Tama Council approve lead water line program
News and notes from the Jan. 3 Tama City Council meeting
In their first meeting of the new year the Tama City Council unanimously approved a $98,000 commitment of federal American Rescue Plan funding to a lead water line replacement program.
Tama Street Superintendent Stuart Eisentrager addressed the council about the proposed program saying the city has encountered lead water service lines in the past and there is concern there may be more lead lines within the older parts of the city that have not been discovered or replaced.
Health risks of lead in drinking water have been identified from exposure of lead into the bloodstream causing damage to the brain and kidneys. It can also interfere with the production of red blood cells that carry oxygen to all parts of the body and is particularly hazardous to children and pregnant women.
Another issue the city experiences when they discover lead water lines while digging or working underground, is a requirement by the Iowa Department of Natural Resources to have the lead line replaced, regardless if the homeowner is prepared to do the work or not.
The proposed program would allow residents with older property who suspect there may be lead water lines still in use underground to have the city test their water line for lead.
If the line is discovered to be made of lead the city would pay to have the line replaced at minimal expense to the homeowner.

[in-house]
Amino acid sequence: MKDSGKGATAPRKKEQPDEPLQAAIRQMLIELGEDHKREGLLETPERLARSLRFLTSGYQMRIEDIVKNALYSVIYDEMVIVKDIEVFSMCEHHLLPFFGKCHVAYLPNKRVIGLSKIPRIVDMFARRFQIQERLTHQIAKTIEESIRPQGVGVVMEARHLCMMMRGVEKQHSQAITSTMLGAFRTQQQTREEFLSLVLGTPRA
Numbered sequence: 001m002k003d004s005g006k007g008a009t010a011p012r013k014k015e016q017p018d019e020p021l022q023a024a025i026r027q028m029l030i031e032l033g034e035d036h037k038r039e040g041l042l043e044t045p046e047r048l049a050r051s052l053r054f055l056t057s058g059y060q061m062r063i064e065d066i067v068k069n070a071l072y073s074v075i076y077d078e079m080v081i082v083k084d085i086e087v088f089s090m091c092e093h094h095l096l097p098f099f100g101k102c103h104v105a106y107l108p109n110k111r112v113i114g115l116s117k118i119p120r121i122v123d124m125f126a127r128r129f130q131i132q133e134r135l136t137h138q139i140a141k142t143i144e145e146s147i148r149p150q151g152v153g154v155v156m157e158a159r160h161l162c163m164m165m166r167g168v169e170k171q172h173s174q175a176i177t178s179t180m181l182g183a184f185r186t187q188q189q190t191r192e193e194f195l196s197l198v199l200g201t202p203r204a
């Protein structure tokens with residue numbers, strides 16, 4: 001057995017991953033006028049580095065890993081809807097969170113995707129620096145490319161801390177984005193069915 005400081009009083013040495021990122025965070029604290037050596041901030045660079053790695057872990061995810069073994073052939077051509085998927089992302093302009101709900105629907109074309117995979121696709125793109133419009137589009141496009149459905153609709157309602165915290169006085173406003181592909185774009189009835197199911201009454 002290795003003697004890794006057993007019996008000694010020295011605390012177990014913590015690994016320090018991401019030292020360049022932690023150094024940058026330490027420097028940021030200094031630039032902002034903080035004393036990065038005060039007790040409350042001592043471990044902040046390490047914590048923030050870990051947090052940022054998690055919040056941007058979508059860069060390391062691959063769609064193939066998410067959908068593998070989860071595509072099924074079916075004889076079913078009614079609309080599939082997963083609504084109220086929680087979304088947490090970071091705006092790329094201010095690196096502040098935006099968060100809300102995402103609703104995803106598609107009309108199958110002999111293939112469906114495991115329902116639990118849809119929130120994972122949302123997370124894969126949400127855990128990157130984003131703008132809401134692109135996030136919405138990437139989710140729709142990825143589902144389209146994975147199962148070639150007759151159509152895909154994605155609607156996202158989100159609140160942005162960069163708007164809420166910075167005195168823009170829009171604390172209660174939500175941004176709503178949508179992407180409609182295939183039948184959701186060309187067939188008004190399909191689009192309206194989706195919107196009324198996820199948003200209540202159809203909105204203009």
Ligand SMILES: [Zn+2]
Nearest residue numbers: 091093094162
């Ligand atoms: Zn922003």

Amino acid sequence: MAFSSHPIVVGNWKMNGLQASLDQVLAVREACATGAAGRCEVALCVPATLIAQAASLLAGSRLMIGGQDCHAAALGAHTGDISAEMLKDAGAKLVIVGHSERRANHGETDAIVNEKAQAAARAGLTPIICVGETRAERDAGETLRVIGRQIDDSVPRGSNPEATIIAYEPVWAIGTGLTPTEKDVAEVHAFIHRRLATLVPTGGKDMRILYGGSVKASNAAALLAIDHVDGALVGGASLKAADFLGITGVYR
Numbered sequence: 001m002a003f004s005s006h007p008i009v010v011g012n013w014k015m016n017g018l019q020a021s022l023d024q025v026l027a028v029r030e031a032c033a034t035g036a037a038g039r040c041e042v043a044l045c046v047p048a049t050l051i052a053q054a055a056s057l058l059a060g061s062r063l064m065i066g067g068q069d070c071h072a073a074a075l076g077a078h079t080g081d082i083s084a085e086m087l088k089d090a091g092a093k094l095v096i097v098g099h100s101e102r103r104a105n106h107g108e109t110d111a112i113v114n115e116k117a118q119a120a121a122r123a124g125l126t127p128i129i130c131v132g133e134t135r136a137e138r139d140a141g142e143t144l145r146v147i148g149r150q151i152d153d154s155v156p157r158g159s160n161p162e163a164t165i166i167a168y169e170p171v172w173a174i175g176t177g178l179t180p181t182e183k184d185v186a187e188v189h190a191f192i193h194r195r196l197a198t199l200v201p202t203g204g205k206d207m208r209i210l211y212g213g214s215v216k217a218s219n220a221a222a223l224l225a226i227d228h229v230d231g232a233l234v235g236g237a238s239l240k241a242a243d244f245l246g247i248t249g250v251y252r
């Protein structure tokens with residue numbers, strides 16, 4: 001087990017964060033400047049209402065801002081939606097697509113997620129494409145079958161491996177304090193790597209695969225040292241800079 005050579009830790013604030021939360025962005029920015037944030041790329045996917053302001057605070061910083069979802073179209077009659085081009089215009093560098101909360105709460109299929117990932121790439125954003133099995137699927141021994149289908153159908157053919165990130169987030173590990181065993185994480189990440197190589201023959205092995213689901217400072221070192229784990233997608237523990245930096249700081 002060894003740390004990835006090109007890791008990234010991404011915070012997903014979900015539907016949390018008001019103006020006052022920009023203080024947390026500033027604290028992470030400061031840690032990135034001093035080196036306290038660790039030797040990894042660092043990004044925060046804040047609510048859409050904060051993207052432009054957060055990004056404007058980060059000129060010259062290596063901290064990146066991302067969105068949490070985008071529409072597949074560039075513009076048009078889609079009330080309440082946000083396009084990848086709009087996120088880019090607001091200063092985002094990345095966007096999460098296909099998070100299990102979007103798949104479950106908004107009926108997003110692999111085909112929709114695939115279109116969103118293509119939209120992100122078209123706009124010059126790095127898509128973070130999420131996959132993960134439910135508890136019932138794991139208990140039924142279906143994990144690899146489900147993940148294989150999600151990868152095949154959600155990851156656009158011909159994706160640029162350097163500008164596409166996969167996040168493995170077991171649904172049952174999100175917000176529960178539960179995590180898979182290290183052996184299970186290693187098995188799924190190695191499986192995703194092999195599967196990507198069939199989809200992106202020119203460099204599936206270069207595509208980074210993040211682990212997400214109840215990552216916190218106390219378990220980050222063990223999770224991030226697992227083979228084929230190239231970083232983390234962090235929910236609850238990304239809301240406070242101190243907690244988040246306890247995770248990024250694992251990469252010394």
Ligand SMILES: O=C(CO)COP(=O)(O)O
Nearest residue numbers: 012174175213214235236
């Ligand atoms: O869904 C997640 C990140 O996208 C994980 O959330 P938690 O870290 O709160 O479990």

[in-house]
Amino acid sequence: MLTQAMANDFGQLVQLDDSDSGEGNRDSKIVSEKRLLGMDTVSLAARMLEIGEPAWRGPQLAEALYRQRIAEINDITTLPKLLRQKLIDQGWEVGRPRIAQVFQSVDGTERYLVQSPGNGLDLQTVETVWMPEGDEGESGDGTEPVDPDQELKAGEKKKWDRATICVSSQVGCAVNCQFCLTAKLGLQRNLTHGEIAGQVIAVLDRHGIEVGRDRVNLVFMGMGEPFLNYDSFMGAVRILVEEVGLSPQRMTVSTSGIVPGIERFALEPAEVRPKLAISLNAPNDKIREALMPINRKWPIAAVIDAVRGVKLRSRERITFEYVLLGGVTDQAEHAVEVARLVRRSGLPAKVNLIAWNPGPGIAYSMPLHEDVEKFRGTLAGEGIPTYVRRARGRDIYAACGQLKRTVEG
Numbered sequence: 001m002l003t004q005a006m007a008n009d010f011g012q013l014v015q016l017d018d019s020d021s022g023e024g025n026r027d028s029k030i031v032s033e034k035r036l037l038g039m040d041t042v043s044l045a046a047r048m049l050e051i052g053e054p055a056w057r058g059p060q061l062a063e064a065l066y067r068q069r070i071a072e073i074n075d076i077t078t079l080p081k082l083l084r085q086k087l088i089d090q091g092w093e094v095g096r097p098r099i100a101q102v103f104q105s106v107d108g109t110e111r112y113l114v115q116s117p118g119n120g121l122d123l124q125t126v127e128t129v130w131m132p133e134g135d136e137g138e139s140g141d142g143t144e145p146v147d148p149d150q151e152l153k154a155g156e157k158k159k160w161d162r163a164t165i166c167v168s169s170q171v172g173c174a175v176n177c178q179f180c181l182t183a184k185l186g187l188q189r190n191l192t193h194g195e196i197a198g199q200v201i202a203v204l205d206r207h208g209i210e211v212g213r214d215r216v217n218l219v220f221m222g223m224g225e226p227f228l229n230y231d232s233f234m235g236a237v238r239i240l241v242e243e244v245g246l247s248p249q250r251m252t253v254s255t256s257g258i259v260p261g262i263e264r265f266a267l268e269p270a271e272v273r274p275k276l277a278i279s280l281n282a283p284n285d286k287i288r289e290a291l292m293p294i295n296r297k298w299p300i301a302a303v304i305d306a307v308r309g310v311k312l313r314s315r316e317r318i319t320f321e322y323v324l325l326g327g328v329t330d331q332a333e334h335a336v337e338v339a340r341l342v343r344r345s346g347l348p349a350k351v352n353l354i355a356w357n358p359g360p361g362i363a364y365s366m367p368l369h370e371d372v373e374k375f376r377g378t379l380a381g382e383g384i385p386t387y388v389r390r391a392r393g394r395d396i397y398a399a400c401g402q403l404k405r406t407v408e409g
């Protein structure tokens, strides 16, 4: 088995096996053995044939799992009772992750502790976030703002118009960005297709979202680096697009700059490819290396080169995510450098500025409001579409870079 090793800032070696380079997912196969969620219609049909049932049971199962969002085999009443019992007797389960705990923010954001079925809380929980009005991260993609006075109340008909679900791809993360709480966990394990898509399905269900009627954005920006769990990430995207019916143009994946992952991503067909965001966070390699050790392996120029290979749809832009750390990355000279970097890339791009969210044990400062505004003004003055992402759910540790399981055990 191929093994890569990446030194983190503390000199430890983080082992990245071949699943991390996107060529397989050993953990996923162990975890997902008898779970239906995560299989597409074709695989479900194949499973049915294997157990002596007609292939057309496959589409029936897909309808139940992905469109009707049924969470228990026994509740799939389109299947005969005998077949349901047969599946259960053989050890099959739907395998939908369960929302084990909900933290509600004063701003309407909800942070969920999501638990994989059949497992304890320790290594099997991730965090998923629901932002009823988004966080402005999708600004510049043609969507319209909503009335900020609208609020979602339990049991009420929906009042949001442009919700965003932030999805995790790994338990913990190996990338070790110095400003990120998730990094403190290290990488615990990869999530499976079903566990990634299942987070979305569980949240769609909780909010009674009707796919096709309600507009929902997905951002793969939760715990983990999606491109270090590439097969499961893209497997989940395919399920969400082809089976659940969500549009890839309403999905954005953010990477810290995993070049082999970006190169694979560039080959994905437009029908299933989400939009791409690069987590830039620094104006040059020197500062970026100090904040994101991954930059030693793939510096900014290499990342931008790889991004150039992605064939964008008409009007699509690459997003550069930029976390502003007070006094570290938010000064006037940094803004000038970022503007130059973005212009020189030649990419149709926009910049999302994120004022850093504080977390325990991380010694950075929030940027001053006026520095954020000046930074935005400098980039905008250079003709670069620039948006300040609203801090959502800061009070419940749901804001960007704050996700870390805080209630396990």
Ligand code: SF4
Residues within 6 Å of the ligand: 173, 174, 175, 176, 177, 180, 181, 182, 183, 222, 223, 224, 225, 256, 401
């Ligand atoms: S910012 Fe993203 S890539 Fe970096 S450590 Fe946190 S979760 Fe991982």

Eisentrager said the city would conduct the testing but would look to bid the replacement work with local contractors if there are those interested and available.
Line replacements will happen in batches of five in order to make an orderly workflow for the contractor and the city.
An application for the program will be developed in the coming weeks and will be advertised and available on a first come, first served basis until the $98,000 program funding is expended.
Specific details of the program are still being determined and will be announced at a later date.
In total, the City of Tama was allocated $406,000 in federal relief aid through the American Rescue Plan.
This fall the council approved $45,000 of the funding to be spent on future paramedic salaries and $65,622 to be spent on premium pay for city employees that performed essential work functions through the pandemic in 2020.
Cities have until 2024 to commit their balance of their American Rescue Plan funding and until 2026 to spend the funding.
In other business…
A building permit was approved by the council in December for a new retail property at 806 State St/Highway 63. The property is the site of the former South Tama Primary School that was sold in September by the South Tama School District to One Site Development, LLC of Cedar Falls for $15,000. According to developer Jeff Stickfort, the property is being developed into a 10,500 square-foot Family Dollar store that is expected to open in early 2023.
Donovan Horne was unanimously approved as a new member to the Tama Board of Adjustments. The board meets on an as-needed basis to hear and decide requests for variances and exceptions from the regulations contained in the city’s zoning ordinance. Horne will begin a five-year term in replacement of retiring member Jim Plantz. There remains one vacancy on the board the council will work to fill. Other current members include Sue Carnahan, Cecil Bearden and Mike Wedmore.
The council heard the results of the Tama EMS Department officer elections. Newly-elected City Council member Brian Hanus was elected EMS Director by 9-2 vote. City Council member Larry Thomas was elected Assistant Director by a 7-4 vote. Jeremy Cremeans was elected treasurer by a 10-1 vote. Duane Backen was elected secretary by a 10-1 vote. Donovan Horne was elected Maintenance Officer by a 10-1 vote.
Repair work on one of the city’s well pumps was approved in the amount of $42,752 to Cahoy Pump Service of Sumner.